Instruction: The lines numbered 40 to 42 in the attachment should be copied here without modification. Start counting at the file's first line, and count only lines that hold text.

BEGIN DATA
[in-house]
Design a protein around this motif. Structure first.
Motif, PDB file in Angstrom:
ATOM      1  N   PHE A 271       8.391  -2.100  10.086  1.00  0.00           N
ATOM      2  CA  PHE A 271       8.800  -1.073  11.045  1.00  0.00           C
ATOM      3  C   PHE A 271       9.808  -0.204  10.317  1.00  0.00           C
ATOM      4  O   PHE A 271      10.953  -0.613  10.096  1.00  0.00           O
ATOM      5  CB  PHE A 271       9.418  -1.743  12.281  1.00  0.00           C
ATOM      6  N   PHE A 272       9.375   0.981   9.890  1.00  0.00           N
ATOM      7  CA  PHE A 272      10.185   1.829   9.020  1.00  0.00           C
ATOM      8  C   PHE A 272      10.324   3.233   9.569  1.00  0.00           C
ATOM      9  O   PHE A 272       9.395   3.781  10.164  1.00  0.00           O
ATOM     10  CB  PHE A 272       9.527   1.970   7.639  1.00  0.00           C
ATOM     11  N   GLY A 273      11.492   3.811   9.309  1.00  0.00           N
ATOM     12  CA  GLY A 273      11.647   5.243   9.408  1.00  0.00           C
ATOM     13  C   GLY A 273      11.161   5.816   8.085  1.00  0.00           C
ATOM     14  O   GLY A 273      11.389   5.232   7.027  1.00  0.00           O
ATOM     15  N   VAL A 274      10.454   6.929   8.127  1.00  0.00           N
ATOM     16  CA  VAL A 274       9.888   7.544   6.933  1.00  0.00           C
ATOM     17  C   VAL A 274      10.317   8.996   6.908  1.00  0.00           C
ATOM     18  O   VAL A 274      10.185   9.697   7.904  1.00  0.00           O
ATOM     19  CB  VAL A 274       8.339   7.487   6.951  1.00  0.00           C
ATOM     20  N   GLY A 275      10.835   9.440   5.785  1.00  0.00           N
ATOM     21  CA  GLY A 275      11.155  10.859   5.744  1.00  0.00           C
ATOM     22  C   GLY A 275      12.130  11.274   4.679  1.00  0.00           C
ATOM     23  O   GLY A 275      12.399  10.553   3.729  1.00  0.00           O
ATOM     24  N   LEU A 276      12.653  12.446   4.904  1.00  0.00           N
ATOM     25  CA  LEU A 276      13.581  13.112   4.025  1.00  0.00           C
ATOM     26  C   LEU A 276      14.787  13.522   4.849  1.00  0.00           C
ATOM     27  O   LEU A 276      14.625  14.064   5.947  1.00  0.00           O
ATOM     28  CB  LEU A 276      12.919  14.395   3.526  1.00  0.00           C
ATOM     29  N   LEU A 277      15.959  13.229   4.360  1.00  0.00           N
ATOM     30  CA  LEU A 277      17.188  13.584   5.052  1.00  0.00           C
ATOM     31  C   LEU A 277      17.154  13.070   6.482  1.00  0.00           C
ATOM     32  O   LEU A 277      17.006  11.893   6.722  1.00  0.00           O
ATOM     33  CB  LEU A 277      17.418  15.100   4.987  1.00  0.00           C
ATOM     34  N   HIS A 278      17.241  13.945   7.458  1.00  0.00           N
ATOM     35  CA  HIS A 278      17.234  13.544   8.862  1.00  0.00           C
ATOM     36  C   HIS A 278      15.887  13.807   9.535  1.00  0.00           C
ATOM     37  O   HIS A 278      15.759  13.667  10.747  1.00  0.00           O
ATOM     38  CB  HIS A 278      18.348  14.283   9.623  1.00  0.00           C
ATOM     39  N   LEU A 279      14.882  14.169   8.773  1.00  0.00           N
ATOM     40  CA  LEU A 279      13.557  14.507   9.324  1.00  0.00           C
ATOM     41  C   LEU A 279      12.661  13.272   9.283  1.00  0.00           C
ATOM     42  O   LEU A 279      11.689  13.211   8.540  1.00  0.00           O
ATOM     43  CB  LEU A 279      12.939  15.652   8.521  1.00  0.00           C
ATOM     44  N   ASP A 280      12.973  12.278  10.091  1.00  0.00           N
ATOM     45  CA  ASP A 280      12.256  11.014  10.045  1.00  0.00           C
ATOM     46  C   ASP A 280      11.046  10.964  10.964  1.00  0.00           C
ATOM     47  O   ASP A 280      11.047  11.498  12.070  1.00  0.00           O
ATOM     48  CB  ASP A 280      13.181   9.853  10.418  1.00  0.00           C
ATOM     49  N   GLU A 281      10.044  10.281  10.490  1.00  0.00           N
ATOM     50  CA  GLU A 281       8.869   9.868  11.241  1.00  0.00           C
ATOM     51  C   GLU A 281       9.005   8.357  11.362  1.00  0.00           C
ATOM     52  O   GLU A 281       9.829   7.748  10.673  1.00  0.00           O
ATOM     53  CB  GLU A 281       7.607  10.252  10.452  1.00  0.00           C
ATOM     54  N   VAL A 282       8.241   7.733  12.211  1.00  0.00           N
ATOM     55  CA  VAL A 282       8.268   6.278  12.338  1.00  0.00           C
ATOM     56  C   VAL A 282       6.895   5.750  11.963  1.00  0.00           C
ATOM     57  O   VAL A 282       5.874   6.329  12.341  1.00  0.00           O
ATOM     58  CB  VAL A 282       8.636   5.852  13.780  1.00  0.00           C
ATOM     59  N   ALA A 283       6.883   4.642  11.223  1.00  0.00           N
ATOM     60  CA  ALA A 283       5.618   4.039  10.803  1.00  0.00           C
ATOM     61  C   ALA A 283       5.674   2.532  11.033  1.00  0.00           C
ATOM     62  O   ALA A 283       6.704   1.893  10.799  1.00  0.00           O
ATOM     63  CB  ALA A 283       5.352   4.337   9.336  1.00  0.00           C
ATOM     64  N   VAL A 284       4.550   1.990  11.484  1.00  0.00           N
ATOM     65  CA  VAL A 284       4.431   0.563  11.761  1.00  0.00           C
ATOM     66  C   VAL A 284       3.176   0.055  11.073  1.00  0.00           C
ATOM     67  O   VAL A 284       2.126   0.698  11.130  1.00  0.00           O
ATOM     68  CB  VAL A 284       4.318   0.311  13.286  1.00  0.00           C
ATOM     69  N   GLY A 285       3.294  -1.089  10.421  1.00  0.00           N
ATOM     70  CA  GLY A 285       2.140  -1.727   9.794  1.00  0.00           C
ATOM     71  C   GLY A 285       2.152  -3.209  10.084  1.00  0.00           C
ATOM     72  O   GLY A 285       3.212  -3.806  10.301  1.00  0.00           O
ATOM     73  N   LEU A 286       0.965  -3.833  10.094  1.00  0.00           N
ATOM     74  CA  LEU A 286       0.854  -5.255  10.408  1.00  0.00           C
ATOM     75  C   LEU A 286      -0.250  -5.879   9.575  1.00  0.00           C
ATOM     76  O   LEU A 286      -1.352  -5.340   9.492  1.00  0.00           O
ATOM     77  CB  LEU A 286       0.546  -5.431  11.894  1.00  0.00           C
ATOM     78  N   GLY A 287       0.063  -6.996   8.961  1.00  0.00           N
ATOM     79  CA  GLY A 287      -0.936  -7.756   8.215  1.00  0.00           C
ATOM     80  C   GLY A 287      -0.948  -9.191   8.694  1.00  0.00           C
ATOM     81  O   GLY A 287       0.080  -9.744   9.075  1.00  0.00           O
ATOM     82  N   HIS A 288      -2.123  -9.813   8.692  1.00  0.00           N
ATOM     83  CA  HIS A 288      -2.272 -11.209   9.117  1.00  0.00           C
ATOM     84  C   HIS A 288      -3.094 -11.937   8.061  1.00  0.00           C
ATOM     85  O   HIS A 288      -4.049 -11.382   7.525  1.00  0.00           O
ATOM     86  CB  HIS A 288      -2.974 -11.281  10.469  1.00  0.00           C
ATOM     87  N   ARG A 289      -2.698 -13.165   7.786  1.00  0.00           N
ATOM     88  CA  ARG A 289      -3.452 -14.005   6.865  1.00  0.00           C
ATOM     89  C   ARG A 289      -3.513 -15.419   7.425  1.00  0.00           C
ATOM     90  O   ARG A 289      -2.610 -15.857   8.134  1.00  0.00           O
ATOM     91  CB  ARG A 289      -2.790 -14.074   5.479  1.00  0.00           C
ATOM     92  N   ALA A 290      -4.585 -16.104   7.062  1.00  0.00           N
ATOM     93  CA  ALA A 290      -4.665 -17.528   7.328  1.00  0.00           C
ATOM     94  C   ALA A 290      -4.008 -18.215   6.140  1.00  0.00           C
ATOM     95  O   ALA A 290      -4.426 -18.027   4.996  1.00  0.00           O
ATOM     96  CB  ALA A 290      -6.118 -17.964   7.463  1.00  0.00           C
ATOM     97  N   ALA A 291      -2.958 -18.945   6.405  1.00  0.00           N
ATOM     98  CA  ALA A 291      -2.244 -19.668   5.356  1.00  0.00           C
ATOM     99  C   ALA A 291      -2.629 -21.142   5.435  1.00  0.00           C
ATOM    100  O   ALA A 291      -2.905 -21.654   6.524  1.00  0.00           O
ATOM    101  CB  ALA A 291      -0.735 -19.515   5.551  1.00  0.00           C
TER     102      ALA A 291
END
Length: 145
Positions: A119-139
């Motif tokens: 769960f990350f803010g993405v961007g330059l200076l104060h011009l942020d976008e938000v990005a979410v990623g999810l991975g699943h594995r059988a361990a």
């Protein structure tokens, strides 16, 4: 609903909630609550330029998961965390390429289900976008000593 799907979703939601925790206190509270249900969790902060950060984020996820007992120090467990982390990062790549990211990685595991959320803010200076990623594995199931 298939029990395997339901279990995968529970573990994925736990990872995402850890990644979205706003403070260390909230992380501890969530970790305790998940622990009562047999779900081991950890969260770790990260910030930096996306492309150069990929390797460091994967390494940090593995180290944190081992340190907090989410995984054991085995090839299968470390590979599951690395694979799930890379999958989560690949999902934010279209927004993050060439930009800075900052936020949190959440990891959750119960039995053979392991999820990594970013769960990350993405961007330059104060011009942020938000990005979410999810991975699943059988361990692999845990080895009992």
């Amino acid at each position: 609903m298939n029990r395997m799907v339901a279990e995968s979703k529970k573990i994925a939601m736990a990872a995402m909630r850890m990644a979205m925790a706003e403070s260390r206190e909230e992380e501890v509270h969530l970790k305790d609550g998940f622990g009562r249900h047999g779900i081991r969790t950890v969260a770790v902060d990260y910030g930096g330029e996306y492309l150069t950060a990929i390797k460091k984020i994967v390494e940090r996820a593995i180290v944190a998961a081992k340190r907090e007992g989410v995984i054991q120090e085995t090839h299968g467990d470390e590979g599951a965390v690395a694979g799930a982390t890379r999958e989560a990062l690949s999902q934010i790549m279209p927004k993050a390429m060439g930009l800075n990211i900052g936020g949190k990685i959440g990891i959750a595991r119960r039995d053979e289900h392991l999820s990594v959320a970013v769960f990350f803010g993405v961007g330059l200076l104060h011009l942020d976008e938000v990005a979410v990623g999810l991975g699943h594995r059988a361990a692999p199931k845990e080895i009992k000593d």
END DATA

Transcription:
ATOM     37  O   HIS A 278      15.759  13.667  10.747  1.00  0.00           O
ATOM     38  CB  HIS A 278      18.348  14.283   9.623  1.00  0.00           C
ATOM     39  N   LEU A 279      14.882  14.169   8.773  1.00  0.00           N